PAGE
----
According to one aspect of the invention, a system is provided that contains a non-pumping well decontamination unit, at least one means for lowering said unit down through said non-pumping well into an aquifer containing contaminated water and means for raising said unit out of the non-pumping well. The decontamination unit has a porous outer tube having a plurality of holes therein through which contaminated water can flow, a porous inner tube having a plurality of holes through which can flow contaminated water flowing through said outer tube, contaminant removing barrier material dispersed within the inner tube for removing on contact contaminants from the in flowing water, and a flow directing means for directing in flowing water from the holes in the outer tube to the holes in the inner tube.
Preferably, the decontamination unit has a plurality of passive samplers for monitoring contaminant removal and/or other conditions of the groundwater. The unit has fin structures for allowing the channeling of ground water into the reactive barrier material. The unit can be either permanent or replaceable, depending upon the barrier material used and concentration of the contaminant being treated.
The system can be used as part of an array of decontamination systems and an array of unpumped wells for adjusting the size of the treatment area to the size of the contamination area.
Further features and advantages of the present invention will be set forth in, or apparent from, the detailed description of a preferred thereof which follows.
FIG. 1 is a schematic elevational side view, partially in cross section, of a system in accordance with the invention, wherein a treatment device is lowered into a treatment well.
FIG. 2 is a plan view of the treatment device of FIG. 1 with groundwater entering the device.
FIG. 3 is a perspective view of a line of wells corresponding to that shown in FIG. 1, with waterflow and hydraulic diversion towards the wells indicated therein.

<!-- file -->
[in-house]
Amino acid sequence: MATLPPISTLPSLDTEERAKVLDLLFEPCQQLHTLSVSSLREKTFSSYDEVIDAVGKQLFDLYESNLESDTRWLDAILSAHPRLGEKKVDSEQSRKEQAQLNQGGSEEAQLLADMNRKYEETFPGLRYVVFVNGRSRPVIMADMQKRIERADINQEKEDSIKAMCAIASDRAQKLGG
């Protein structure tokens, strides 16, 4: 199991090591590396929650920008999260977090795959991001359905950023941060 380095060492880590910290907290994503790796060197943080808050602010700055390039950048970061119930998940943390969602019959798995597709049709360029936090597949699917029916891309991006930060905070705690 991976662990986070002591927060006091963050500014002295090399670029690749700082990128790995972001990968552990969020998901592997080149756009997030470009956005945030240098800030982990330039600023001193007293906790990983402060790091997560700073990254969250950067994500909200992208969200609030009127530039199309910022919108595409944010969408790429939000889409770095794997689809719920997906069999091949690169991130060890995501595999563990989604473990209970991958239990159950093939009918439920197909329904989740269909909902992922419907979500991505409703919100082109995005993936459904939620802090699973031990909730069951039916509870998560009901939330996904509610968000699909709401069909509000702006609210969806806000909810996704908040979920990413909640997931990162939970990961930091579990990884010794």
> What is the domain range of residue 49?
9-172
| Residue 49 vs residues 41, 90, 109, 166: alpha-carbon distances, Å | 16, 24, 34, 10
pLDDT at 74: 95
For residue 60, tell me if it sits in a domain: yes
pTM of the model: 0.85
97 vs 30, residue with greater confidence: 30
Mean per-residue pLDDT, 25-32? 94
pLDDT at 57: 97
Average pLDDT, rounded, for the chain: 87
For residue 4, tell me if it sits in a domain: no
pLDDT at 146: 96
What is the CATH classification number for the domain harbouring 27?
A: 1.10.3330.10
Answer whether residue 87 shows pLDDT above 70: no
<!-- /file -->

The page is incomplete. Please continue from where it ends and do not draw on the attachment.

FIG. 4 is a flow diagram indicating hydraulic diversion of water in an aquifer towards the treatment wells.
Referring to the drawings and, in particular, to FIG. 1, there is shown a deep aquifer remediation tool (referred to hereinafter by the acronym DART) for decontaminating deep groundwater. The tool or system, which is generally denoted 10, normally includes a plurality of non-pumping wells, one of which is indicated at 22 in FIG. 1. Three such wells, denoted 22 a, 22 b and 22 c, are shown in FIG. 3. The non-pumping wells 22 a, 22 b and 22 c are located downstream of a contaminant plume (not shown) which flows, as indicated by the “flow” arrow 18, into an aquifer indicated at 20 in FIG. 1. Referring to FIG. 1, a decontamination unit 12 is shown as being disposed in aquifer 20 having been lowered by a cable or other connecting line 24 down through non-pumping well 22 into the aquifer 20 through which the contaminated groundwater flows. As water flows past and through the lowered unit 12, it is passively treated as described below. The system 10 includes a lifting and lowering unit 26 including a cable drum or reel (not shown) which is capable of lowering the decontamination unit 12 by means of cable 24 into the non-pumping well 22 to the proper depth and of raising the unit 12, when necessary, for replacement, maintenance, transfer or removal of the contents of decontamination unit 12 when the treatment is concluded.